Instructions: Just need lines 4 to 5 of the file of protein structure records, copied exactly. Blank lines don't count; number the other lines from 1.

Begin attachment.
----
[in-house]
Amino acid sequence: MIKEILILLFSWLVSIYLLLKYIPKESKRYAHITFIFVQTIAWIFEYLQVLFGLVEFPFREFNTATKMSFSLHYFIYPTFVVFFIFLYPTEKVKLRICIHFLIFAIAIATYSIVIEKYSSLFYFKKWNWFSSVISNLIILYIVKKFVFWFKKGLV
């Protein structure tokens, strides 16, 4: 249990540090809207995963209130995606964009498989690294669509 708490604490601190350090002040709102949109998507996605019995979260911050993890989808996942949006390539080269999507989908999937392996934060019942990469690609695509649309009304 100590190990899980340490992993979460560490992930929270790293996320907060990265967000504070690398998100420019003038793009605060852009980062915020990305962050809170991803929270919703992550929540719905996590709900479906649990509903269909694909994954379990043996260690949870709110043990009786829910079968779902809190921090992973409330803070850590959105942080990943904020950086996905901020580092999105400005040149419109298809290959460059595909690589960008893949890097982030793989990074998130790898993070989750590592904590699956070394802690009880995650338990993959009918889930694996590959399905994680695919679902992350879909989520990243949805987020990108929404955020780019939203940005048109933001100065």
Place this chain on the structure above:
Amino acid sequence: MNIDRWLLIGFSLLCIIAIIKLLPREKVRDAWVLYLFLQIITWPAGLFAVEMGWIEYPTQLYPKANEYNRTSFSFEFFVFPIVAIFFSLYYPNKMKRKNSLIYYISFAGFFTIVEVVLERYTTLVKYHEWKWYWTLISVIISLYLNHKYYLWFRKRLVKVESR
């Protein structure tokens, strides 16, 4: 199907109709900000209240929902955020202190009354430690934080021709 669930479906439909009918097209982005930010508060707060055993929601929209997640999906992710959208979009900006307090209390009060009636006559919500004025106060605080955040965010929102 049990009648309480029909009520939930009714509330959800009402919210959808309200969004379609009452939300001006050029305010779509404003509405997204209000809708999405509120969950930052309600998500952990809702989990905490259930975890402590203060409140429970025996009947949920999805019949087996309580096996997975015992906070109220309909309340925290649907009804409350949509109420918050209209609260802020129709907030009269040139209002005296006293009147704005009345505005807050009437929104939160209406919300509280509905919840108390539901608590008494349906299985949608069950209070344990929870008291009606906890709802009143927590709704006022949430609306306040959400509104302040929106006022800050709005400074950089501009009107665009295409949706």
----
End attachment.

Place this chain on the structure above:
Amino acid sequence: MNIDRWLLIGFSLLCIIAIIKLLPREKVRDAWVLYLFLQIITWPAGLFAVEMGWIEYPTQLYPKANEYNRTSFSFEFFVFPIVAIFFSLYYPNKMKRKNSLIYYISFAGFFTIVEVVLERYTTLVKYHEWKWYWTLISVIISLYLNHKYYLWFRKRLVKVESR